Eating mostly plant-based foods may lower blood levels of harmful fats, new research confirms.
For the study, researchers pooled results from 30 trials (including a total of nearly 2,400 people) published over the past four decades. All participants were randomly assigned to follow either a vegetarian diet (which included dairy and eggs but no meat), a vegan diet (which omitted all animal products), or an omnivorous diet (which included meat and dairy products). The average duration of the diets was 29 weeks. Compared with people eating an omnivorous diet, those following a vegetarian or vegan diet experienced average drops in levels of total cholesterol, LDL cholesterol, and apolipoprotein B of 7%, 10% and 14%, respectively, from levels measured at the start of the study. (Apolipoprotein B is a particle found on LDL as well as other artery-clogging lipoproteins in the blood.)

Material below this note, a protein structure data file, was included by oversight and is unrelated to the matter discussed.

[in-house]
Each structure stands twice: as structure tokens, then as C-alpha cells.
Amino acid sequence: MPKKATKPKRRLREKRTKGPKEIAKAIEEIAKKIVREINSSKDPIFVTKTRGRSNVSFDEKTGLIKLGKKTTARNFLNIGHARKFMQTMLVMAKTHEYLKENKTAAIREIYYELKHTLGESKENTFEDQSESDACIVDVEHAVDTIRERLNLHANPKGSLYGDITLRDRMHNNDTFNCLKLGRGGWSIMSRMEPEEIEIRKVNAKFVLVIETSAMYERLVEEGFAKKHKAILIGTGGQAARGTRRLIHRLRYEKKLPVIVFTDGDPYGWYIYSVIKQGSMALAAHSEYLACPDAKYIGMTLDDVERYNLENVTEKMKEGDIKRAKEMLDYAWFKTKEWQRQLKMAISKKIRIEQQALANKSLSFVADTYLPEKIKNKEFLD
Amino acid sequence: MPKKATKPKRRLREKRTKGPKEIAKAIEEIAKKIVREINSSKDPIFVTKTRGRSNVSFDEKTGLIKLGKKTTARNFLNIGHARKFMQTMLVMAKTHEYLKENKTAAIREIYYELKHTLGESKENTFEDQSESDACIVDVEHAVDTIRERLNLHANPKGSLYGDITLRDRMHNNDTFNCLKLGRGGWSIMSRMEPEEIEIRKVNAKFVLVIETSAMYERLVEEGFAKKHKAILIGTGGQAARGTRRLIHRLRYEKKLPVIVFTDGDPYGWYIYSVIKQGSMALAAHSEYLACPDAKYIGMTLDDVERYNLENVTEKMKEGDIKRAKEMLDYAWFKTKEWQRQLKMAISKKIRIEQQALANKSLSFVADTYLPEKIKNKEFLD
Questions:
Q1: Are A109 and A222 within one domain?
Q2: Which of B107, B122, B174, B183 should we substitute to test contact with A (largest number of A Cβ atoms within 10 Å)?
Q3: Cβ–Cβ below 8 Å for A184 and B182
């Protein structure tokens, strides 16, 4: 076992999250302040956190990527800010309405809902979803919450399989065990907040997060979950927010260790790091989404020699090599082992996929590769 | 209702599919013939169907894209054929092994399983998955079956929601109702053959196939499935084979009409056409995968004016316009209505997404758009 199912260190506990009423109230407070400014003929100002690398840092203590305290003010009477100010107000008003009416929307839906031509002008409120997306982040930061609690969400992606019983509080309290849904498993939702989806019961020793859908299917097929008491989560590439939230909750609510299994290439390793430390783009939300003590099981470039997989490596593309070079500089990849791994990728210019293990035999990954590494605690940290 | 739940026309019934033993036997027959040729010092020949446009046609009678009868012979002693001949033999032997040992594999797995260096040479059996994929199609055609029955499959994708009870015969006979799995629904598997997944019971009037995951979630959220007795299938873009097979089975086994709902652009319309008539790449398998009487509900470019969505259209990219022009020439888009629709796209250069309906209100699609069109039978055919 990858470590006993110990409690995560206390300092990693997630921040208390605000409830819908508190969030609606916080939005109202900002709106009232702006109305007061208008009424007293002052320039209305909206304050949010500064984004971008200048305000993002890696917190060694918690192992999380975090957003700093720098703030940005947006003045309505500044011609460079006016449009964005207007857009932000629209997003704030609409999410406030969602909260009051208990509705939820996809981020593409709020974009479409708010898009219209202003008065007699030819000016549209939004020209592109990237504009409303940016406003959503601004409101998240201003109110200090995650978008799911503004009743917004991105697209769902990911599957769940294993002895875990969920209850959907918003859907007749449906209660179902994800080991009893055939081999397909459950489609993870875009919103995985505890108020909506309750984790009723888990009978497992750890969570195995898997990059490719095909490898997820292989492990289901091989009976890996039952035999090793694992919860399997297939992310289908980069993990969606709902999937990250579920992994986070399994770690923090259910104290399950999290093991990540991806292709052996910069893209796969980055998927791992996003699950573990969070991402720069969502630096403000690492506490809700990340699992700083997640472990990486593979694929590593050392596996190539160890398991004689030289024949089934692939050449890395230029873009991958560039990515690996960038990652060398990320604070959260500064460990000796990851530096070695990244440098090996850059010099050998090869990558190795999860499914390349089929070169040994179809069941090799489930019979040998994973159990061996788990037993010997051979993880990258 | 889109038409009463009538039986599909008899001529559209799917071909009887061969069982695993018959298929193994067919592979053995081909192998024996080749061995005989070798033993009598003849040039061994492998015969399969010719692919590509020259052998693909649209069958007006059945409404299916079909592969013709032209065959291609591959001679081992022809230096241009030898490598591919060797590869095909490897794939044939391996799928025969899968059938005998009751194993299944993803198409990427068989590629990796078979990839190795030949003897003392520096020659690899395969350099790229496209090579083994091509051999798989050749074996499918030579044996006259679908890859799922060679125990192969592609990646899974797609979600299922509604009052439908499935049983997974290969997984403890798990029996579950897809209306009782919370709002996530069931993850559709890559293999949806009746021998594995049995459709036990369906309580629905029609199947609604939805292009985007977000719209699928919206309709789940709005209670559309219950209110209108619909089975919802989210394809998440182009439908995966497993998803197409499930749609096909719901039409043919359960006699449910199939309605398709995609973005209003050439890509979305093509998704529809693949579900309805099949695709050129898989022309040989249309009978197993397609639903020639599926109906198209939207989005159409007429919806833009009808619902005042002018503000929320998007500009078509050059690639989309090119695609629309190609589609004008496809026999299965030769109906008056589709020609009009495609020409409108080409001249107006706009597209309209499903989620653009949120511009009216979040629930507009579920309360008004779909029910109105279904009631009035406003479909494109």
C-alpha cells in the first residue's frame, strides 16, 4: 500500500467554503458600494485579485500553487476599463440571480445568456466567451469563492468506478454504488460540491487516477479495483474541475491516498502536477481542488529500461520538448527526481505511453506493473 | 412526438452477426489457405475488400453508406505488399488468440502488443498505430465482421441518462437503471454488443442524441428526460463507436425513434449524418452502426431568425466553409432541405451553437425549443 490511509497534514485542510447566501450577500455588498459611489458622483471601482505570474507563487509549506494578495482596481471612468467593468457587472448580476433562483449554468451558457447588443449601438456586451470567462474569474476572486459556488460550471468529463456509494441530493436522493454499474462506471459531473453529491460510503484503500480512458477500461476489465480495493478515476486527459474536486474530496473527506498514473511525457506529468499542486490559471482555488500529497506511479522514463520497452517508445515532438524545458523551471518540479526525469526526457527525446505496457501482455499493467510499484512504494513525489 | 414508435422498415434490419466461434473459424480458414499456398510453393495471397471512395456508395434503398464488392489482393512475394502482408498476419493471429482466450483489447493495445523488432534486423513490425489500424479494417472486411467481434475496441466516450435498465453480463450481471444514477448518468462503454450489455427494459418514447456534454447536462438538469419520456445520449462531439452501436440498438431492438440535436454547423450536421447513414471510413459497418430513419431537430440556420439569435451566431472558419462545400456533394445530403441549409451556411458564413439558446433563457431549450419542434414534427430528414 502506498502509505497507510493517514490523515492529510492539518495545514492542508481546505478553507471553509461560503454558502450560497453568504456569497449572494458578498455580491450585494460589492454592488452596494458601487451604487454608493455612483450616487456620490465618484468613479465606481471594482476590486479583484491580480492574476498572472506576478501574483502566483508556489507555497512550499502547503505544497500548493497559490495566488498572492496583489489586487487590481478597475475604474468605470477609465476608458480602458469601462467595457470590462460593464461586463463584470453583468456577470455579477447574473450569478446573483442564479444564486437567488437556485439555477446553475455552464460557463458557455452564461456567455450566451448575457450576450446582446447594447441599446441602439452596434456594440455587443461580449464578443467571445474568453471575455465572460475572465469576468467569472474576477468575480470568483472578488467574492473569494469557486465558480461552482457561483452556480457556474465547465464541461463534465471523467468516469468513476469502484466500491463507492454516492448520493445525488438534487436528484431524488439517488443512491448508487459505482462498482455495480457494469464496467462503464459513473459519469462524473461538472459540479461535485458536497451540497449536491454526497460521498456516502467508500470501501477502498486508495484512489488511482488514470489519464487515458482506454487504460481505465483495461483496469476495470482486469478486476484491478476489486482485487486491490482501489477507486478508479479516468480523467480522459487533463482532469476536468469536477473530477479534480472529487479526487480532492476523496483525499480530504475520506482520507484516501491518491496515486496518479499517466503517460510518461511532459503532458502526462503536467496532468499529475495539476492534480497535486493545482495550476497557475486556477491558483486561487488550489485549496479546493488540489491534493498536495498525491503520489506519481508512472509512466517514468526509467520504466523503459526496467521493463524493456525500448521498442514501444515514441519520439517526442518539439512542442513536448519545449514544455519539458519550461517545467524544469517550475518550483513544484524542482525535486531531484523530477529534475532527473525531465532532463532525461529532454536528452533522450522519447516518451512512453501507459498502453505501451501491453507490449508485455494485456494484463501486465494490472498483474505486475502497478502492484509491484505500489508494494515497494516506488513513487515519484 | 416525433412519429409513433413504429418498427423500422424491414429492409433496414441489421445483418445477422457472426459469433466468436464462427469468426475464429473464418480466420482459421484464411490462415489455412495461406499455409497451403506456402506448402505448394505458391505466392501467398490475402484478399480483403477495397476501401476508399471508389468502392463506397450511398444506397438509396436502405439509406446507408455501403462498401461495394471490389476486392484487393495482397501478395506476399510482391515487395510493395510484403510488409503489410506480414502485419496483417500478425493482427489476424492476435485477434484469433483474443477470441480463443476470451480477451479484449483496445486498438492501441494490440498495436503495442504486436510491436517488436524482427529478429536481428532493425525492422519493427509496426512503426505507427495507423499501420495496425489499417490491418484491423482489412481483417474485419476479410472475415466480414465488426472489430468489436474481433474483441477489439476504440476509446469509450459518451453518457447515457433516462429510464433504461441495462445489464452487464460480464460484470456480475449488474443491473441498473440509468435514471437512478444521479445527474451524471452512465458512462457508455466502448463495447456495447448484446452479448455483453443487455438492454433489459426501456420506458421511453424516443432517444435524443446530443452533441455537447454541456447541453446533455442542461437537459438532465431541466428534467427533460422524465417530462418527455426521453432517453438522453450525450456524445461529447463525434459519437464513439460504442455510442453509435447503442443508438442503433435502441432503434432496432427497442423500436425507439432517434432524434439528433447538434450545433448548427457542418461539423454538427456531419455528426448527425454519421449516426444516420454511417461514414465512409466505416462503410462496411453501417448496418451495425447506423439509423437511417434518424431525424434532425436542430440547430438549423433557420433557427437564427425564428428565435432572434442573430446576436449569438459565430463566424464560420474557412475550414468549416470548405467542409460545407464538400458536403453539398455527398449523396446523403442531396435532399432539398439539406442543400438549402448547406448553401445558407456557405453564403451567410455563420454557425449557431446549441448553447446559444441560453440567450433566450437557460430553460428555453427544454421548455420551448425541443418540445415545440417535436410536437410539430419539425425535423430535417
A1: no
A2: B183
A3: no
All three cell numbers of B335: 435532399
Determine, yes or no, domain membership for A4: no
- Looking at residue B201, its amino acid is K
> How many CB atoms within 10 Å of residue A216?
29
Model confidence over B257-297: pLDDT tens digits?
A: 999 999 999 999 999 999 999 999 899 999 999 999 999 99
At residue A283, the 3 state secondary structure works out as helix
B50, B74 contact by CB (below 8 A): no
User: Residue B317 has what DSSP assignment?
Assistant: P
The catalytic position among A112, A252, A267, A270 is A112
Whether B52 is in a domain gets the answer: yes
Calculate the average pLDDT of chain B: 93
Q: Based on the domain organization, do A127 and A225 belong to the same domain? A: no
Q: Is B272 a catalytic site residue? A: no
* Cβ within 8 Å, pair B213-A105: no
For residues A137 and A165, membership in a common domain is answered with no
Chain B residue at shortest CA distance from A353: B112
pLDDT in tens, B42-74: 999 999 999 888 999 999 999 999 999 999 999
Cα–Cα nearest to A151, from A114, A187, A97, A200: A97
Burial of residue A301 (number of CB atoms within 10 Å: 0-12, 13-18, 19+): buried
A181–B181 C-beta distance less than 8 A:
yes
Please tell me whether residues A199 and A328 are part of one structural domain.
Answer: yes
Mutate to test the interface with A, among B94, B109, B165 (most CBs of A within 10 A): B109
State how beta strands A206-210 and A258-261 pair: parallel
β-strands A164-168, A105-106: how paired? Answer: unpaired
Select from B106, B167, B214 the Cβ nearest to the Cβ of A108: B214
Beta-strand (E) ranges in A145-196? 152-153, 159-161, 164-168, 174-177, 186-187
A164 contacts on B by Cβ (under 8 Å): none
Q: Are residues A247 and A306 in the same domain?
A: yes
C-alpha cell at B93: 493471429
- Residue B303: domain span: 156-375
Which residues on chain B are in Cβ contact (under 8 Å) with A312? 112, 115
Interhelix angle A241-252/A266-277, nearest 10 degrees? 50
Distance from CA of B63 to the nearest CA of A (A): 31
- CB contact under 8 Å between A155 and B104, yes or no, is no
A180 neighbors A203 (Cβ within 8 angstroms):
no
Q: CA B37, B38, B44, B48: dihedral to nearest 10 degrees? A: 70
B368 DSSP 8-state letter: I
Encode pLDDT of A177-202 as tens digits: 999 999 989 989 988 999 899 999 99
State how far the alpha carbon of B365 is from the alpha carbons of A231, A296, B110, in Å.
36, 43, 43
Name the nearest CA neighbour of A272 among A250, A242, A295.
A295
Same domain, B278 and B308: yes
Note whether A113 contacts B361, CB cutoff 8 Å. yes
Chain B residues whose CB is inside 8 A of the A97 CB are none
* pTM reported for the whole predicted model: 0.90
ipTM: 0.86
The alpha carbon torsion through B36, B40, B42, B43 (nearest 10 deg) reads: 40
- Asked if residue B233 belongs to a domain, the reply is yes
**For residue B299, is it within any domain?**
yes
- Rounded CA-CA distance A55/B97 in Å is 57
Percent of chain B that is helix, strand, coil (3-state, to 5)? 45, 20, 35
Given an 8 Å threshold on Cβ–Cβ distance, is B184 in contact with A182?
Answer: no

Plant-forward diets tend to be higher in healthy unsaturated fats but lower in saturated fat, cholesterol, and total fat, which likely explains the findings. The study was published online May 24, 2023, in the European Heart Journal.
Excerpted from Harvard Health Publishing